This long lived rivalry between Wisconsin vs. Minnesota dates back to 1922 and is intertwined with history and tradition. It has become more than just a hockey game. For seven young men on Wisconsin's roster Saturday night, the history, tradition and physicality were introduced to them, playing in the notorious clash for the first time.
The Badger team consists of freshman from all over the nation and Canada, unlike Minnesota's pure bred team of mostly Minnesotans. No matter where they are from, however, Gophers are born to dislike the Badgers and vice versa.
Although playing through the rigorous WCHA conference schedule since October, some of the Badger freshmen were unaware of the magnitude of the rivalry between these two schools, which made the past week full of stories from the upperclassmen of the dislike for their neighbors.
"We've been hearing all week from the older guys about how big the rivalry is and how much it meant," Turris said. "The whole week of practice, we were battling hard and make sure we were ready."
Playing in his first home series since being away at the World Juniors and coming from Canada where the border battle was off his radar, Turris soon discovered it's a vital part of Wisconsin hockey.
"I think it was special for all our freshmen," said Wisconsin coach Mike Eaves about the rivalry. "Even for a man like Kyle Turris, not knowing about the series before he got down here. I remember as an 18-year-old freshman, it was the biggest rivalry. I remember going on the ice at Minnesota and the ferociousness and competiveness, I was like 'Where did this come from?' So I am sure some of our kids were introduced to that tonight, as well."
For Turris' first game against Minnesota, he proved he is a Wisconsin native at heart. Showing a vision on the ice that makes him an above-par hockey player, Turris scored a breakaway goal on Friday night with a Minnesota player draped over his shoulder; a goal that made the Top Ten plays of the day on ESPN.
The legendary contention between Wisconsin and Minnesota brings on a new type of physical play. The boards become battlefields and the place to nudge the opponent a little extra. Cross checking becomes an art form. Roughing and misconduct penalties are not a rarity for the series.
"There was a lot of body contact and extra jawing after the whistle," Minnesota senior Ben Gordon said. "It is always a tough, physical series whenever these two teams play with some chippy shots thrown in, but that's what makes it fun and this rivalry exciting."
Tensions were especially high for the series this past weekend with both teams tied in the WCHA standings and needing wins to try and secure home ice in the conference playoffs. With both teams being neck and neck for the post season race in March, the series became more than a fun tradition.
With both teams needing a sweep, it was Wisconsin who came away the successors, earning three points to move into a fourth place tie with Minnesota Duluth, who the Badgers will play in Madison next weekend.
"The point (tonight) puts us in position to be tied with (Duluth) and the big picture getting three out of four points," Eaves said. "Our task this second half is to get as points as many as we can every weekend."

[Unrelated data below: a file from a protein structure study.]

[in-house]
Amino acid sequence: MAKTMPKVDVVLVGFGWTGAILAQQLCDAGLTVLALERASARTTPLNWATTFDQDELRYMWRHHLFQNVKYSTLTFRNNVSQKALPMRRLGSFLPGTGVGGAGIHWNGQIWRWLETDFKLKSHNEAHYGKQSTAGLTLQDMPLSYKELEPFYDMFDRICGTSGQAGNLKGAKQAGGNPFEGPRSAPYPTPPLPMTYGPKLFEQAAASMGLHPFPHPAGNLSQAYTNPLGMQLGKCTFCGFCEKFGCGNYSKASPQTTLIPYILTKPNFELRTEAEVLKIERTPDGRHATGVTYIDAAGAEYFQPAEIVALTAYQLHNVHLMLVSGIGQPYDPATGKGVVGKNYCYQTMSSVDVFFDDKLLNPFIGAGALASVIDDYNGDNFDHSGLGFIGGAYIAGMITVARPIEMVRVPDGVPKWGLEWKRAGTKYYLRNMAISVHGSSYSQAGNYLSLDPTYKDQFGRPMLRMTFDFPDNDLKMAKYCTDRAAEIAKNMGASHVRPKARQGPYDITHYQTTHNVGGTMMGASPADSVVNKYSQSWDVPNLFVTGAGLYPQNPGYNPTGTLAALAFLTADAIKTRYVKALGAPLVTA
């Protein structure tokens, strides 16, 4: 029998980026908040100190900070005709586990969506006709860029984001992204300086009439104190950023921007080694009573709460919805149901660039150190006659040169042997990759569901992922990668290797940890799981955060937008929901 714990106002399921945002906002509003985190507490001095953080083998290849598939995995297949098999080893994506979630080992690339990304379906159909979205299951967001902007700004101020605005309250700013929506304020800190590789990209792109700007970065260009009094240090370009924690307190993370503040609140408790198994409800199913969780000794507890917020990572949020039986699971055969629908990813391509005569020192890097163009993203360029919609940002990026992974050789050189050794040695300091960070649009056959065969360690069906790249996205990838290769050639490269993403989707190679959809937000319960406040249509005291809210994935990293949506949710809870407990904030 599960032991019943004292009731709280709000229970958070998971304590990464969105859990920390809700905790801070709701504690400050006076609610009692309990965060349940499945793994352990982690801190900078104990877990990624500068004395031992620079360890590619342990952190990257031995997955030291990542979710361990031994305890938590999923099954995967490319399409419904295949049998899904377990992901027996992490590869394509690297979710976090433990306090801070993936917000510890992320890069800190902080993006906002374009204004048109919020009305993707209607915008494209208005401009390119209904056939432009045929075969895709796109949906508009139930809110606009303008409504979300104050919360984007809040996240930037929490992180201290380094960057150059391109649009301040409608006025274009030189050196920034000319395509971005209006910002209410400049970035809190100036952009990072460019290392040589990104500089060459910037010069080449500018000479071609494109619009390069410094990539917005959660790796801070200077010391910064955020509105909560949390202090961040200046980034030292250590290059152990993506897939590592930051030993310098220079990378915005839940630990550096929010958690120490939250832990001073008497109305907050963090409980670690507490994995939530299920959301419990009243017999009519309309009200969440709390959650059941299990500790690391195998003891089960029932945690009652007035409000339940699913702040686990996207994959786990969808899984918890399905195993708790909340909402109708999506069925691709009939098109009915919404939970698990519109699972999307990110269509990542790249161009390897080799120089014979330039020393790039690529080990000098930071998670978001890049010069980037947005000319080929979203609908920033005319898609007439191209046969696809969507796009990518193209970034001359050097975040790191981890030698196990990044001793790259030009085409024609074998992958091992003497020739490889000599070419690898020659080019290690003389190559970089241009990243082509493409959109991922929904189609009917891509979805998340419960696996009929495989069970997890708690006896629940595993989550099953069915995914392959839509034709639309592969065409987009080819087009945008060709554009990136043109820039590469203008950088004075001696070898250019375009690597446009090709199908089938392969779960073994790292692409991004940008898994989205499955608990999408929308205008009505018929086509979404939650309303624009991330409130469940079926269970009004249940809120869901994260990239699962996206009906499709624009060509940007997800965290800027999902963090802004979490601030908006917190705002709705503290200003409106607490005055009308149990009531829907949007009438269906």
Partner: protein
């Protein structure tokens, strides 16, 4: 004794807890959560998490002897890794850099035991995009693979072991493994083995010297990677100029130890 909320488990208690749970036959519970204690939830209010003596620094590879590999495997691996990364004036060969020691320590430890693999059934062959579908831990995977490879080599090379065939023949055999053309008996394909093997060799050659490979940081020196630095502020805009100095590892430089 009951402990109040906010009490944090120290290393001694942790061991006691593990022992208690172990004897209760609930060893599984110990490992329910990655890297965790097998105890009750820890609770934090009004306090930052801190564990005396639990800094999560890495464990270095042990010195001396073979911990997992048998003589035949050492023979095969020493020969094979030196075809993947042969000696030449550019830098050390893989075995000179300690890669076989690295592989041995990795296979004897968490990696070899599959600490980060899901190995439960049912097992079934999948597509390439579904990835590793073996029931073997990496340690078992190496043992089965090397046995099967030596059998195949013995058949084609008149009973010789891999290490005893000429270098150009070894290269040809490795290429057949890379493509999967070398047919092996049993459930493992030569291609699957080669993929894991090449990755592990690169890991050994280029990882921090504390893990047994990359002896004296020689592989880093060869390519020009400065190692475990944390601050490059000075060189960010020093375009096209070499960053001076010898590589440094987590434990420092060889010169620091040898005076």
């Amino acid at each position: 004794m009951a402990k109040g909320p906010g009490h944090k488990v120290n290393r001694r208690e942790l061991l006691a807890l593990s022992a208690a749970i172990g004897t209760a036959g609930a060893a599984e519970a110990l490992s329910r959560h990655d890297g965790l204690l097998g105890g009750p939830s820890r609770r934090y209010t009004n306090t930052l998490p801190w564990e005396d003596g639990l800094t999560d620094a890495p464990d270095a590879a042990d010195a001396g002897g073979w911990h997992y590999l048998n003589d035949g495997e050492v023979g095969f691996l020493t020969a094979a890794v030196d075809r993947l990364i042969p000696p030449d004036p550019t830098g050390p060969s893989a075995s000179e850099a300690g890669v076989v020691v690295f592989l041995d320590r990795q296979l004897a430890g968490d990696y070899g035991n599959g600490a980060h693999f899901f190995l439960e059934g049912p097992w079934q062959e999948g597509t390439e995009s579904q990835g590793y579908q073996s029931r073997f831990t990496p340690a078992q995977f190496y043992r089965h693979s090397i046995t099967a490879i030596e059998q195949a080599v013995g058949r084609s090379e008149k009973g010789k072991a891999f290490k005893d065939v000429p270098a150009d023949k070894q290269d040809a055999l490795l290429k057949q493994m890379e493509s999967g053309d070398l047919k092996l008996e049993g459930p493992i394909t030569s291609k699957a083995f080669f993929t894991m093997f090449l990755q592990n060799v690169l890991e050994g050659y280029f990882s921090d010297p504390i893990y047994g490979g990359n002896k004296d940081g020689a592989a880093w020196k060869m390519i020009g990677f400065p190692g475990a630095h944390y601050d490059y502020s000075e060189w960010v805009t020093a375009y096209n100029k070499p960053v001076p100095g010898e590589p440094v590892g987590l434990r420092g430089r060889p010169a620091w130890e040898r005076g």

With the history of the series, it only seems appropriate that the first Badger goal of the Saturday evening came from Patrick Johnson. A freshman born and raised in Madison, Johnson understands the rivalry better than anyone. He is a third generation Johnson playing for Wisconsin, as his father, Mark, and grandfather, Bob, both had their moments as Badgers playing against the Gophers.
"I was watching when I was in the stands when I was younger," Patrick said. "I was pretty nervous for Minnesota just because they are Minnesota and our biggest rival."
The rivalry became so heated during the 70s when Patrick Johnson's grandfather, Badger Bob Johnson, was the coach of Wisconsin and Herb Brooks was the coach of Minnesota. At that time, both teams were dominant, winning a combined five National Championships through the 70s. With the winning came the verbal sparring, as it is no secret that Brooks and Badger Bob quarreled with one another over the border wars.
The Kohl Center on Saturday night had an electric feeling in the air unlike any other college hockey coliseum. The badger fans attended in droves and received the show they deserved by a late goal to send the Badgers into overtime by Aaron Bendickson.
Bendickson deflected a perfect shot, made my hometown prodigy Patrick Johnson, into the net. The crowd went wild. The Badgers turned on their best hockey in the last minutes of the game and in overtime.
"Look at this building tonight, it was rocking and the way it erupted when we tied it," Eaves said. "Can you imagine if we had scored (another one)? Games like this become more enjoyable down the stretch."
The Wisconsin hockey team played exceptionally well for the enormous significance of this game. The freshmen stepped up this past weekend, looking like a team of veterans that passed well, put the pucks on net and were sound defensively.
The Badgers will travel to Minnesota for the continuation of the border battle in February, as the campaign forges forward.
For now Wisconsin has earned bragging rights, thanks to a bunch of freshmen new to the rivalry.